You can see in the movie where the junior officers willingly let down Queeg and at turns undermined his authority. It's a good object lesson in bad leadership.

Another great movie about these themes is 12 O'Clock High.

Unfortunately I have experienced some bad commanders in my career and witnessed events eerily like the frozen strawberry incident. The difference in our case was we accomplished our mission in spite of the commander and not because of him...and the guy retired when we returned to the USA.

Awesome film.

AndrewPrice said...

ScyFyTerry, Nope, that doesn't count! LOL!

AndrewPrice said...

Outlaw13, I am very impressed with the way this film handles the chain of command issues. I haven't served, but I've known a lot of people who have and listening to them (and years of reading military history) has given me an appreciation that the military truly is not like the civilian world -- it can't afford to be. And you really can't pick and choose which commands you want to follow. That's probably the hardest thing for civilians to grasp. But this film really makes that point incredibly well.

As a civilian audience member, you go into this thinking that (1) the Caine was running well without discipline so what's the big deal?, (2) Queeg is kind of a jerk, (3) I like Maryk and the others and I don't like Queeg, and (4) Queeg deserved what he got because his orders were arbitrary. But when Ferrer lays it out at the end, it become crystal clear that kind of thinking just doesn't apply. And then you realize that these guys you liked so much really acted in a very despicable manner and they destroyed Queeg with their disloyalty. Was he a bad commander? There's no doubt. He was falling apart from the very beginning. But their DUTY was to help him, not to resist him.

As I often do, I have to wonder how modern Hollywood would handle this message? Leaving aside that they would make Queeg into a murderous maniac, I wonder if they would even try to suggest to the audience that these junior officers had a duty to their commander? I doubt they would. To the contrary, I would think a modern remake would make Maryk a hero for standing up to the evil Queeg -- kind of like Crimson Tide.

By the way, the one scene that I always end up thinking about when the film ends is the scene where they go to visit the Admiral to talk about Queeg and they end up deciding against it when MacMurray backs out. I wonder if their complaint actually would have been well received or if they would have been read the riot act for failing to do their duties at that point? I've always wanted to know how that would have played out. My guess is the Admiral would have seen this as nothing more than griping. But on the other hand, Maryk is the Executive Officer and that may be enough to warrant an investigation?

Doc Whoa said...

Andrew, Excellent breakdown of Boggie's breakdown! :D When you watch it, you don't really realize how all the little changes they make affect how you think about the character, you just go with the flow. The end result is brilliant here.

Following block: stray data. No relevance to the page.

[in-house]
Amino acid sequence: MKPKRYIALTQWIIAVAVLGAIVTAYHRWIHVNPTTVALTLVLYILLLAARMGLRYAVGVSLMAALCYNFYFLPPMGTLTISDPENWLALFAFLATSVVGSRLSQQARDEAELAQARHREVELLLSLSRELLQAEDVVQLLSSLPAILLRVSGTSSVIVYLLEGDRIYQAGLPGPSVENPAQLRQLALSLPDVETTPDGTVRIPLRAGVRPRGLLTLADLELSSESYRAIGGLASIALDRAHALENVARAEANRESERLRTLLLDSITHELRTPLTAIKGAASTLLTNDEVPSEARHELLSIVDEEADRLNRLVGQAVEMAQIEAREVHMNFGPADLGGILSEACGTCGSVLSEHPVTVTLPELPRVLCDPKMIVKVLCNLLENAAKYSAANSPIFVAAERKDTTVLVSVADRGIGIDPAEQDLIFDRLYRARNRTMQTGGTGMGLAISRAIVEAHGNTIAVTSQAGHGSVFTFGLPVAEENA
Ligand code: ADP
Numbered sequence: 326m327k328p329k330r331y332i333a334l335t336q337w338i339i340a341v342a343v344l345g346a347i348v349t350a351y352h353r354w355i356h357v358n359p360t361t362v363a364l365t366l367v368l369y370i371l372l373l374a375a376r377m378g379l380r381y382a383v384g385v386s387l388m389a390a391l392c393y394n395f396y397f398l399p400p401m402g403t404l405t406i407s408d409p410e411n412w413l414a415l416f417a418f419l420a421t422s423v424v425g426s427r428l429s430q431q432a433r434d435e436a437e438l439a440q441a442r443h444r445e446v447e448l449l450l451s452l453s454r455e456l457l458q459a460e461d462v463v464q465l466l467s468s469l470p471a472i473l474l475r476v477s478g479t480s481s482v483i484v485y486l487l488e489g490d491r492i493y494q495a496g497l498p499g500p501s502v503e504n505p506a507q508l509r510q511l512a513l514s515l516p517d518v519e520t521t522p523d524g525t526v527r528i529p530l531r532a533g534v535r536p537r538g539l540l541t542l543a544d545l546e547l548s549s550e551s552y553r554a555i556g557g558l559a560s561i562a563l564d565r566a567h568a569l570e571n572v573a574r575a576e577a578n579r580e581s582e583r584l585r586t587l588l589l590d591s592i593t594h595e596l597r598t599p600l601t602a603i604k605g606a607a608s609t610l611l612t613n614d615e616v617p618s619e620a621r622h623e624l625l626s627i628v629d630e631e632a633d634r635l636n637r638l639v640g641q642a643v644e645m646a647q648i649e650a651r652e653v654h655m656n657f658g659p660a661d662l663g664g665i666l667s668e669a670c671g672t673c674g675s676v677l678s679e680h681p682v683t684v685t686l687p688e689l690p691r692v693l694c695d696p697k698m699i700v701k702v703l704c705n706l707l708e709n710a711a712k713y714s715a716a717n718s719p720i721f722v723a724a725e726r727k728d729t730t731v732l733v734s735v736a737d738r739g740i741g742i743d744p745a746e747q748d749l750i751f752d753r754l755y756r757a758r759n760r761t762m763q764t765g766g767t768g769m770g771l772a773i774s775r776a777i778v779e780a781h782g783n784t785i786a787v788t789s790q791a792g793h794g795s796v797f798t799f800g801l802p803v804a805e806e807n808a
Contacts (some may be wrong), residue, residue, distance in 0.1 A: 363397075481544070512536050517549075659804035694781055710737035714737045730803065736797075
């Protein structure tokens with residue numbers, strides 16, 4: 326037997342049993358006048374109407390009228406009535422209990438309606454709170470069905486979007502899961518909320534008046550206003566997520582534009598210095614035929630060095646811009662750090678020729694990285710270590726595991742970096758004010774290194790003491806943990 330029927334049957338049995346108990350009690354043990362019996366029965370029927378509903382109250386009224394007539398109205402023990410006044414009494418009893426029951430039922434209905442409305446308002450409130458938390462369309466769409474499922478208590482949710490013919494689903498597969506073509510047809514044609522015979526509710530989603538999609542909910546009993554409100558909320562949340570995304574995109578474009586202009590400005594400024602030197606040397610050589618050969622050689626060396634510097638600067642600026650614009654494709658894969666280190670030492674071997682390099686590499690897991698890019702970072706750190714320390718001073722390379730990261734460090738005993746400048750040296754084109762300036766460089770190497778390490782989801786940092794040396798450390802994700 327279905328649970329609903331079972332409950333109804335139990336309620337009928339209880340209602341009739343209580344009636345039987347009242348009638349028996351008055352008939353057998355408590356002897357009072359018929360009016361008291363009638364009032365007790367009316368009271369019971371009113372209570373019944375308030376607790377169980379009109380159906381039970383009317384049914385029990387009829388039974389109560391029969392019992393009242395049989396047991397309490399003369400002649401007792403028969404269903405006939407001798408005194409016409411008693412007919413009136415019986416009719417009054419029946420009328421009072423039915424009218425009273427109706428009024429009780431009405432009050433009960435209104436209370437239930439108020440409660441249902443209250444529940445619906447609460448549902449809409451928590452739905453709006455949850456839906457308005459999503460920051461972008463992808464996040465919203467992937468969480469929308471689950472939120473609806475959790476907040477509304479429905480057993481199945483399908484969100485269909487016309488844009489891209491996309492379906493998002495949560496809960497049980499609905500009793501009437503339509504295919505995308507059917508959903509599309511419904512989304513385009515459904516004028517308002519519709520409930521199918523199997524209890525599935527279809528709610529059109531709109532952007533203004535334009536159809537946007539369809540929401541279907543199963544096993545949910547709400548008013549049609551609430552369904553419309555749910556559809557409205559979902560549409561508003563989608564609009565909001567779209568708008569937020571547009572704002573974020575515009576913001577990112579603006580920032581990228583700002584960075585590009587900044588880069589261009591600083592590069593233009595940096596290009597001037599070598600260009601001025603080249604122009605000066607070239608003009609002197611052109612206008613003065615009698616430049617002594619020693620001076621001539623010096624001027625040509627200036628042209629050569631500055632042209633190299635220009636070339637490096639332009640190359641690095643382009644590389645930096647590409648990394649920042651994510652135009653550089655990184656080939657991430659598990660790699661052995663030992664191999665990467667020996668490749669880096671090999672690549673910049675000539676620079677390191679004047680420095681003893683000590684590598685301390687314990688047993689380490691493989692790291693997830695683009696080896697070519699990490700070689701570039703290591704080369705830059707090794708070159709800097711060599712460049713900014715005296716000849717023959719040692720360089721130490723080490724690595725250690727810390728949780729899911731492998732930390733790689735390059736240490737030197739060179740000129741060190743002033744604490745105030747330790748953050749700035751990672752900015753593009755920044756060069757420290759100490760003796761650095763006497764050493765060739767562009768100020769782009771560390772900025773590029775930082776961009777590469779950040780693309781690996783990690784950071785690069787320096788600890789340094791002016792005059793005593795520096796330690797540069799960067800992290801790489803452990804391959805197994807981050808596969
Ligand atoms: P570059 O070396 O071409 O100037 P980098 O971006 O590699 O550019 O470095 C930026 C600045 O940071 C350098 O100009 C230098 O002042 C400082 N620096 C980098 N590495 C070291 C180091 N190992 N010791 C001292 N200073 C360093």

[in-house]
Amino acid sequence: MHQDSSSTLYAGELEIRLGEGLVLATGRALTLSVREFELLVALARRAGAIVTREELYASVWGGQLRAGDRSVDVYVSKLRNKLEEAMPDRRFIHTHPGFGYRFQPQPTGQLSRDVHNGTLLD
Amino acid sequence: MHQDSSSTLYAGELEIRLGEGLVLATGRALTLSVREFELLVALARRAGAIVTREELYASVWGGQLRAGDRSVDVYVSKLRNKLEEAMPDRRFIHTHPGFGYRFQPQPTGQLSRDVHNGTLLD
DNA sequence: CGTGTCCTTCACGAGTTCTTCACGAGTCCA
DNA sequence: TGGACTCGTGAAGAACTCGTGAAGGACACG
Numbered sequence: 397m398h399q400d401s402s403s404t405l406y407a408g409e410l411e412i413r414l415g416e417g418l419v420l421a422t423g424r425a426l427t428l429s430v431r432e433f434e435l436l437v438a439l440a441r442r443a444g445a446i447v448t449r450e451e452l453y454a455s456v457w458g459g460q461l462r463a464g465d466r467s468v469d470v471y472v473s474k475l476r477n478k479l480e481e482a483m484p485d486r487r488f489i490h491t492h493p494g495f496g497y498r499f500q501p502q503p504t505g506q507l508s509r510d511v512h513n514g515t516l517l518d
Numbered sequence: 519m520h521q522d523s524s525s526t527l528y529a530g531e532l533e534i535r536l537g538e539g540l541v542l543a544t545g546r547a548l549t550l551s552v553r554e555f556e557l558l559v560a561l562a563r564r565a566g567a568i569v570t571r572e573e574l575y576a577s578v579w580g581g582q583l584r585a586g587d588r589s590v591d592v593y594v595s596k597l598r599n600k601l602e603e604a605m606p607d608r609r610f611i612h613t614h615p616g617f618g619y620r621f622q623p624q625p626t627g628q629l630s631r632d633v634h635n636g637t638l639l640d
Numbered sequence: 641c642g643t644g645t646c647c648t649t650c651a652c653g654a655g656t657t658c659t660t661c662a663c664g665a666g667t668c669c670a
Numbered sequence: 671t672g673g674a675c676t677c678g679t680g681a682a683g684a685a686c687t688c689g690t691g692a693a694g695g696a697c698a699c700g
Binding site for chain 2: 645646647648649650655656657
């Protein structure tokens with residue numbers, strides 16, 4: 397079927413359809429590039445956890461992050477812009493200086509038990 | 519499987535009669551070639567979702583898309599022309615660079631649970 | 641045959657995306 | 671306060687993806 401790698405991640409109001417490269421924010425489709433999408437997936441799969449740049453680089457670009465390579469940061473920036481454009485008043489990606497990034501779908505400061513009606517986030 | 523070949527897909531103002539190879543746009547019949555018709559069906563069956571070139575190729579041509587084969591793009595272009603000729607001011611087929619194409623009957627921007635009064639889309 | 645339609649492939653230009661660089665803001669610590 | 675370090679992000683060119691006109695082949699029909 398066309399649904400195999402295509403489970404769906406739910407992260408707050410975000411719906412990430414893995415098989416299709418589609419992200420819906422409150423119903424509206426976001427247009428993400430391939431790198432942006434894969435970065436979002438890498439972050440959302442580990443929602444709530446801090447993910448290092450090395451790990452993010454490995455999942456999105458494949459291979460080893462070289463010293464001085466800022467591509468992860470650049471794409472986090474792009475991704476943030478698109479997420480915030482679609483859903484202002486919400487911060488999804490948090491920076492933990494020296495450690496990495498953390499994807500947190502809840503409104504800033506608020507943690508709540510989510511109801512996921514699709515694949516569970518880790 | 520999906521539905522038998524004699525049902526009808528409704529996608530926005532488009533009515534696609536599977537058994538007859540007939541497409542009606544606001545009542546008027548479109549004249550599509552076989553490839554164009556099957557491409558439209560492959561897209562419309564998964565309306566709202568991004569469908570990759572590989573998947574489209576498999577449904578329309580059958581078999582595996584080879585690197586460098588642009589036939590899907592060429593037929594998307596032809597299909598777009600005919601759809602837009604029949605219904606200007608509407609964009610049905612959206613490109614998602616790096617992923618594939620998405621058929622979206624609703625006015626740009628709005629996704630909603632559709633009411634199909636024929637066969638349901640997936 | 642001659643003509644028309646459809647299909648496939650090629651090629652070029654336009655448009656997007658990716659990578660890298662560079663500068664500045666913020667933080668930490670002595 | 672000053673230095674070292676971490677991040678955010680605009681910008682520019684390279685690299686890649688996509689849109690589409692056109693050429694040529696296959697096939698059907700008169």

AndrewPrice said...

Doc, That's where the real skill lies, in finding the little things that no one notices that change people's minds. It's easy to create an over-the-top, one tone character. But creating a character that changes people's opinions without being blatant about it is what good writing and good acting should be about.

That or being chased by giant robots.

Ed said...

Andrew, I think Hollywood would never remake this film with the same moral. Hollywood no longer respects a concept like duty. Also, Hollywood is anti-military and would never portray a career military officer in a positive light.

AndrewPrice said...

Ed, It's hard to argue with that. It's the rare military film today that even portrays the military in a positive light, and when they do it's usually just an enlightened few within the military.

kristina said...

great movie. It was supposed to be Richard Widmark initially in the Bogie role. Makes a great double bill with Treasure of the Sierra Madre (and Two Mrs. Carrolls as well I guess) for "crazy" Bogart roles, which he could play so well. He shoulda won the Oscar that year. Cheers!

AndrewPrice said...

kristina, I didn't know that. Widmark would have been an interesting choice, though I have a hard time seeing anyone better than Bogart in this role at this point.

This film and Treasure of the Sierra Madre really convinced me that Bogart was a spectacular actor and not just a good actor in some famous roles. He was great in films like Maltese Falcon and To Have And Have Not, but those films never struck me as all that demanding as far as acting goes. But then I saw Caine and Sierra Madre and was blown away by his abilities. That's even got me wondering if his other films aren't more demanding than they seemed, but that he's just so good in them that he makes them look easy?